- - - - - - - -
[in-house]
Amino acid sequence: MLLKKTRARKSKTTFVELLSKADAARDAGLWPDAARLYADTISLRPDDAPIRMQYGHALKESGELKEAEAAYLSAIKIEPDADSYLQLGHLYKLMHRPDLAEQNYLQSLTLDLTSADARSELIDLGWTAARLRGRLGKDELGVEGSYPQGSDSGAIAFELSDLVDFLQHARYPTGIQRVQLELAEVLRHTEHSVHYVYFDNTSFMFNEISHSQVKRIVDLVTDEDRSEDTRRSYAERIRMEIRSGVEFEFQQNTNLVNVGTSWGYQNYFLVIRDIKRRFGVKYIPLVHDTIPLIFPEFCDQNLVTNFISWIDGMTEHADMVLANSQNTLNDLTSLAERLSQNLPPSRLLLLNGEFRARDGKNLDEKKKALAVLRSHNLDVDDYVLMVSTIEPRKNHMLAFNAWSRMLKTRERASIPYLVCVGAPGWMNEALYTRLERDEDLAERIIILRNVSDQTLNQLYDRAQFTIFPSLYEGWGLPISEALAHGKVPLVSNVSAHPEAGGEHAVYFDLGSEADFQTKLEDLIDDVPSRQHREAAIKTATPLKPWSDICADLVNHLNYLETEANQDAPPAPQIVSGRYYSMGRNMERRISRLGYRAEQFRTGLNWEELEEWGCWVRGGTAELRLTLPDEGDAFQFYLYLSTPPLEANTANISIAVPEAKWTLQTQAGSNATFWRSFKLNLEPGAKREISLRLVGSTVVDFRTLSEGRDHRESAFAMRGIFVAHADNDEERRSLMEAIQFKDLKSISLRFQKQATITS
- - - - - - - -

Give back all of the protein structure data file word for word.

[in-house]
Amino acid sequence: MLLKKTRARKSKTTFVELLSKADAARDAGLWPDAARLYADTISLRPDDAPIRMQYGHALKESGELKEAEAAYLSAIKIEPDADSYLQLGHLYKLMHRPDLAEQNYLQSLTLDLTSADARSELIDLGWTAARLRGRLGKDELGVEGSYPQGSDSGAIAFELSDLVDFLQHARYPTGIQRVQLELAEVLRHTEHSVHYVYFDNTSFMFNEISHSQVKRIVDLVTDEDRSEDTRRSYAERIRMEIRSGVEFEFQQNTNLVNVGTSWGYQNYFLVIRDIKRRFGVKYIPLVHDTIPLIFPEFCDQNLVTNFISWIDGMTEHADMVLANSQNTLNDLTSLAERLSQNLPPSRLLLLNGEFRARDGKNLDEKKKALAVLRSHNLDVDDYVLMVSTIEPRKNHMLAFNAWSRMLKTRERASIPYLVCVGAPGWMNEALYTRLERDEDLAERIIILRNVSDQTLNQLYDRAQFTIFPSLYEGWGLPISEALAHGKVPLVSNVSAHPEAGGEHAVYFDLGSEADFQTKLEDLIDDVPSRQHREAAIKTATPLKPWSDICADLVNHLNYLETEANQDAPPAPQIVSGRYYSMGRNMERRISRLGYRAEQFRTGLNWEELEEWGCWVRGGTAELRLTLPDEGDAFQFYLYLSTPPLEANTANISIAVPEAKWTLQTQAGSNATFWRSFKLNLEPGAKREISLRLVGSTVVDFRTLSEGRDHRESAFAMRGIFVAHADNDEERRSLMEAIQFKDLKSISLRFQKQATITS